Getting In, Getting On, Getting Out
- Research Handbooks in Business and Management series
Edited by Adelina M. Broadbridge and Sandra L. Fielden
Chapter 5: Gendered understanding of recruitment processes: applications and résumés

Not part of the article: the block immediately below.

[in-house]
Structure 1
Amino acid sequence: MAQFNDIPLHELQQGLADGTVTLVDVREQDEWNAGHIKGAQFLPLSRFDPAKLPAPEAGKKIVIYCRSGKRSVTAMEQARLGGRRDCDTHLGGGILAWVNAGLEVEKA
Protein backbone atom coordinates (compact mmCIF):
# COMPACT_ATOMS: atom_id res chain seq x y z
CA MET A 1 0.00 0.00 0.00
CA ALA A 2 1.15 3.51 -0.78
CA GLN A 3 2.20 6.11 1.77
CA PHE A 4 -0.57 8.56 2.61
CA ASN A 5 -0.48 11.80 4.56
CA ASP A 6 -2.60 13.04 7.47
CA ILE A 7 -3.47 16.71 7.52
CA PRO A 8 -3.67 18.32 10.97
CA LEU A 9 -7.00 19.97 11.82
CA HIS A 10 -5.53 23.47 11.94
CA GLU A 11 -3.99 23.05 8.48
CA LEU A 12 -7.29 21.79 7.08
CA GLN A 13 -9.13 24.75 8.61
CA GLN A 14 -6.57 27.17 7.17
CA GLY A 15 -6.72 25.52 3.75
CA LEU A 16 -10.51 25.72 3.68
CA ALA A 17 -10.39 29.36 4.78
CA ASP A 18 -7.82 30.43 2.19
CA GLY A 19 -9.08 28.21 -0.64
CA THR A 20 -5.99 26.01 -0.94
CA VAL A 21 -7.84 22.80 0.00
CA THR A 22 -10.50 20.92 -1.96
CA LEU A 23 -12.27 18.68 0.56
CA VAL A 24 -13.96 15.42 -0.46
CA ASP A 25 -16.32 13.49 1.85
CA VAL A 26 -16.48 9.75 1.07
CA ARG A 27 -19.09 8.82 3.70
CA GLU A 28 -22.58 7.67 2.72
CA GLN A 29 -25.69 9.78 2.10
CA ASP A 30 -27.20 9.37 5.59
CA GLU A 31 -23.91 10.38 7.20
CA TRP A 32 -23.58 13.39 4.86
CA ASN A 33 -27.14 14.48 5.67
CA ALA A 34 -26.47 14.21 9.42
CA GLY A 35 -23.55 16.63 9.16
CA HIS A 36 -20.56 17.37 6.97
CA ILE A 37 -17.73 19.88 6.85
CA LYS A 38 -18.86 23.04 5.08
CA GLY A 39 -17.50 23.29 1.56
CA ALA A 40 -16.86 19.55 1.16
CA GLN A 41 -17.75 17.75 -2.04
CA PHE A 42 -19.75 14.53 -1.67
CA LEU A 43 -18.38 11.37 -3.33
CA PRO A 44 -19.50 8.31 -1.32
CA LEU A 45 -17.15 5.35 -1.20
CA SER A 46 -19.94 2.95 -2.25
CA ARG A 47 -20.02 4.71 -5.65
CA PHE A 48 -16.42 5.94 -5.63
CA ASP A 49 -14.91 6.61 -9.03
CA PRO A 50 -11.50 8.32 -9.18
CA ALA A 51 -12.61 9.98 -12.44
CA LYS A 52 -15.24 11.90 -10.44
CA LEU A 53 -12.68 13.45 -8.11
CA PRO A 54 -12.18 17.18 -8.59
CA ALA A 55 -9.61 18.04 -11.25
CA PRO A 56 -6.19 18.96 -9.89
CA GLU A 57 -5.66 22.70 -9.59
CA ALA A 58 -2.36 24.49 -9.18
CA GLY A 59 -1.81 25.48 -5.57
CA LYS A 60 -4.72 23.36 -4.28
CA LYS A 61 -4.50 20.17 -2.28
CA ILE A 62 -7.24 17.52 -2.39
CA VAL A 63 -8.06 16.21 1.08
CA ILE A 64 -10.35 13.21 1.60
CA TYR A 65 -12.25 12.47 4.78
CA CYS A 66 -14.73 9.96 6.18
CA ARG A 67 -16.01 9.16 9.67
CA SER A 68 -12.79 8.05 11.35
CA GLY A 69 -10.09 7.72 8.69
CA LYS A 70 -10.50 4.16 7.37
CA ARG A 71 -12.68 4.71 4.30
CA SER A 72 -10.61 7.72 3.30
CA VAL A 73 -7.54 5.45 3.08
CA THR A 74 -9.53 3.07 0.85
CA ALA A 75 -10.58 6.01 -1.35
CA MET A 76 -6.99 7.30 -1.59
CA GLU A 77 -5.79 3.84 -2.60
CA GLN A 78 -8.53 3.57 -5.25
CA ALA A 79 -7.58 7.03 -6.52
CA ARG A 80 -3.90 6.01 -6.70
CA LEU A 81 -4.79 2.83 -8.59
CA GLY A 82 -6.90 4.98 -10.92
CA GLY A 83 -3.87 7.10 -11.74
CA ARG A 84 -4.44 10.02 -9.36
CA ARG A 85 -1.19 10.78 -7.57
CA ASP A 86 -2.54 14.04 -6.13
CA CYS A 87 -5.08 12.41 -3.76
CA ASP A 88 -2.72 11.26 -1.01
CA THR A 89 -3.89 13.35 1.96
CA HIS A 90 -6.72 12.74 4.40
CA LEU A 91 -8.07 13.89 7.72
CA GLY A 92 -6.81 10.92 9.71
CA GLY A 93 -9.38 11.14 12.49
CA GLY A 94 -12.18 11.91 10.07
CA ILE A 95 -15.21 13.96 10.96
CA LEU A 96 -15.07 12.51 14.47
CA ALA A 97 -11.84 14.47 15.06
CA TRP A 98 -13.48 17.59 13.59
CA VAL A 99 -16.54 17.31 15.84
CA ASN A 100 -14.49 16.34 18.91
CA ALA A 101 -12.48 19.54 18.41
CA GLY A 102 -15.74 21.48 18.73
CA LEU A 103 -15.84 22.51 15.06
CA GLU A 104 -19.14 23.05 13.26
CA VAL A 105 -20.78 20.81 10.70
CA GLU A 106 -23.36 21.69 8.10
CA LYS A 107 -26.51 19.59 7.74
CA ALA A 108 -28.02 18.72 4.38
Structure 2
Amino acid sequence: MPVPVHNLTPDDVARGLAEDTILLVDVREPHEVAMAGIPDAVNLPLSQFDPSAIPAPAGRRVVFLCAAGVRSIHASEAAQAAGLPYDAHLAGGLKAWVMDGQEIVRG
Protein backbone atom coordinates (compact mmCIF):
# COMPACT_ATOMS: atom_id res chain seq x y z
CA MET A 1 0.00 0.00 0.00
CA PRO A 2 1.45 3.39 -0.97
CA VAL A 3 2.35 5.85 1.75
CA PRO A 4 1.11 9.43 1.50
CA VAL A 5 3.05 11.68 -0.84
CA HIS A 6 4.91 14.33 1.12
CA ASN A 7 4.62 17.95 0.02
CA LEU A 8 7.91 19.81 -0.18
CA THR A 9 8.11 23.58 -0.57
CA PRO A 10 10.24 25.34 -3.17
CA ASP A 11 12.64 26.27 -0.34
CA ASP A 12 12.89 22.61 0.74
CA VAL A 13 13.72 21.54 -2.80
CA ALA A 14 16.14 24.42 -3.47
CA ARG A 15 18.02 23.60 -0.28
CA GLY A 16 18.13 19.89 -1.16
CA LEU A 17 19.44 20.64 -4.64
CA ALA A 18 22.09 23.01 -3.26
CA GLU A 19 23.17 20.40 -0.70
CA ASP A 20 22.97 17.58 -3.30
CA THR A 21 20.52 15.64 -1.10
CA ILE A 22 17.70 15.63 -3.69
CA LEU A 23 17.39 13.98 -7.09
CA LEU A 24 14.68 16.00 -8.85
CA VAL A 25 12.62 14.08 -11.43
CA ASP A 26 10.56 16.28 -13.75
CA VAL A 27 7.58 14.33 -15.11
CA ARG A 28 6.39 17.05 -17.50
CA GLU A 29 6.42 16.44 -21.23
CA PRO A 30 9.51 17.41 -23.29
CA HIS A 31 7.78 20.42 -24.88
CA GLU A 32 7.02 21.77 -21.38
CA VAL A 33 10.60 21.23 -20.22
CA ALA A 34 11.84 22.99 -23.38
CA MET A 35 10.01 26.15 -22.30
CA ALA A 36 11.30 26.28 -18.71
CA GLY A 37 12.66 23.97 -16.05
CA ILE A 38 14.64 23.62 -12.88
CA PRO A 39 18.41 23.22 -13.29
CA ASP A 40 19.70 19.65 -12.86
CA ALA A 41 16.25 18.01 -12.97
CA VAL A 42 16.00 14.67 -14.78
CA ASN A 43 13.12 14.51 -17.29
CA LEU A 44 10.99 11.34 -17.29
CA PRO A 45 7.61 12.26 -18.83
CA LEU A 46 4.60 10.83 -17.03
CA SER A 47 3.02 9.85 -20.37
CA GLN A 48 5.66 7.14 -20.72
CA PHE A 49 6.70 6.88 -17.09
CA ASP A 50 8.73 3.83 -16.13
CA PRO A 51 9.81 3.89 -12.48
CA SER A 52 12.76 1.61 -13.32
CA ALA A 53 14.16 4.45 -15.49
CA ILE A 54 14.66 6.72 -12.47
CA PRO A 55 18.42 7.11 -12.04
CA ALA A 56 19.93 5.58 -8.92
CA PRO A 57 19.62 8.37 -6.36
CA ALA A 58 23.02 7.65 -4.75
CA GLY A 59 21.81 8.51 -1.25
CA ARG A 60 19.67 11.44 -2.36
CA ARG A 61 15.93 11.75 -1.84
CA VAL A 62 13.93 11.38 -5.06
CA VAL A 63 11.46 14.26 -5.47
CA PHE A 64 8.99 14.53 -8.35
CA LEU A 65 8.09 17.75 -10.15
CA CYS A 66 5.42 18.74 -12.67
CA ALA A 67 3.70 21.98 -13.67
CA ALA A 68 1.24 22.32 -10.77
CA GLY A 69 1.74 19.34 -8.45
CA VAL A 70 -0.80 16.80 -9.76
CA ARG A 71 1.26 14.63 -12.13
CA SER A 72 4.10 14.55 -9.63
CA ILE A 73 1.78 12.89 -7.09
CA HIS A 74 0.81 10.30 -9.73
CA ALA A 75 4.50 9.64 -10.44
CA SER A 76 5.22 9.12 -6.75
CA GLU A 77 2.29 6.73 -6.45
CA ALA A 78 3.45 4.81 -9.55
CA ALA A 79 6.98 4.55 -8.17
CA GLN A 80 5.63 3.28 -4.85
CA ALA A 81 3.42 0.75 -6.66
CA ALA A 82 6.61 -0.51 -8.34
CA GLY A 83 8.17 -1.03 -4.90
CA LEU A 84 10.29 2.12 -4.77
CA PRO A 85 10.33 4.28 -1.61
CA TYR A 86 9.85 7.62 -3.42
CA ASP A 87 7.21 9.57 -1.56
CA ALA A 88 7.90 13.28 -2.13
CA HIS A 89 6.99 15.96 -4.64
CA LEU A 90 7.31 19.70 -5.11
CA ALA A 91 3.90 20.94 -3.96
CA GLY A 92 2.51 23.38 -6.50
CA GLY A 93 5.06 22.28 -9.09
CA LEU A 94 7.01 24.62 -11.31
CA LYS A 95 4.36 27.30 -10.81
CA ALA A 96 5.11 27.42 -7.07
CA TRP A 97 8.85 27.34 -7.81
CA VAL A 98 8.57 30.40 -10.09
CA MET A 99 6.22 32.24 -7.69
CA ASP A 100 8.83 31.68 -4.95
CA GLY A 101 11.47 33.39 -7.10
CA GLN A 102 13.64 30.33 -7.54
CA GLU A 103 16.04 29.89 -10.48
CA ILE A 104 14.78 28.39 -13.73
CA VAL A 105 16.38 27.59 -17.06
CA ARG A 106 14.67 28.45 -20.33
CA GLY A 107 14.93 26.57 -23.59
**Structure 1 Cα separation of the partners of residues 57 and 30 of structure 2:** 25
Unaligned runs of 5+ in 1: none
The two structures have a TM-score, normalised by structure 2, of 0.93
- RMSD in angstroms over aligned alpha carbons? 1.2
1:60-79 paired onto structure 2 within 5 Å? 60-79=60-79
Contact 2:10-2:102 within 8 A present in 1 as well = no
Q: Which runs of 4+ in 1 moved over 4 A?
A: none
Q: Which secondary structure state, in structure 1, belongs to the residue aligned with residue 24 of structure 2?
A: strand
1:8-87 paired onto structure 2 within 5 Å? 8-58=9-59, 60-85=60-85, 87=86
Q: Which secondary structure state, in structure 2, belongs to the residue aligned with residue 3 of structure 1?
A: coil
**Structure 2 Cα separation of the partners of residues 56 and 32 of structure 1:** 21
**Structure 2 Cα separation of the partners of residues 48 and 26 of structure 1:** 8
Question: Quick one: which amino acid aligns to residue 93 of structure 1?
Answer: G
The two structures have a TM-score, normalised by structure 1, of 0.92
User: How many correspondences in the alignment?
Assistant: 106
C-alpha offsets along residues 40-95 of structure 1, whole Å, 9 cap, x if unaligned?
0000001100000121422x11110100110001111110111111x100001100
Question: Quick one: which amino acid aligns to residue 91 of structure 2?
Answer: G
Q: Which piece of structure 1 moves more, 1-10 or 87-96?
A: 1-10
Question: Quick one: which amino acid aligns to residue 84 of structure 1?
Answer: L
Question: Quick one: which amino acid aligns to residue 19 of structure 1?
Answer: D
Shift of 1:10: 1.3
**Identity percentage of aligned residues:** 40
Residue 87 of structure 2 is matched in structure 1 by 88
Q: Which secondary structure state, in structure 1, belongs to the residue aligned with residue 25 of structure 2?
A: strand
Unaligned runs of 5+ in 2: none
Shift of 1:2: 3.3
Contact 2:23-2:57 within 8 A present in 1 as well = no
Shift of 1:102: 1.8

‘Think manager–think male’ suggests a gender stereotype that explains why women may have it substantially more difficult in entering management positions. This stereotype suggests that being a man comes with characteristics and competences requested and valued by the recruiters (Kniveton, 2008) and, vice versa, when thinking about managers we may automatically associate them with men. On the other hand, gender discrimination in job recruitment is prohibited by law in most Western European countries. For example, in Finland it is against the law to inquire about the job applicants’ plans for having a family. Yet, it would be naive to assume that gender does not also play a role in recruitment processes in a country like Finland. Recruitment is a key human resource management (HRM) lever in building a diverse workforce (Evans, 2012). Although resumes (CVs) and their evaluation are the first step in most employment decisions, there is a lack of solid understanding of the resume evaluation process when compared to, for example, employment interview research (Cole et al., 2007).
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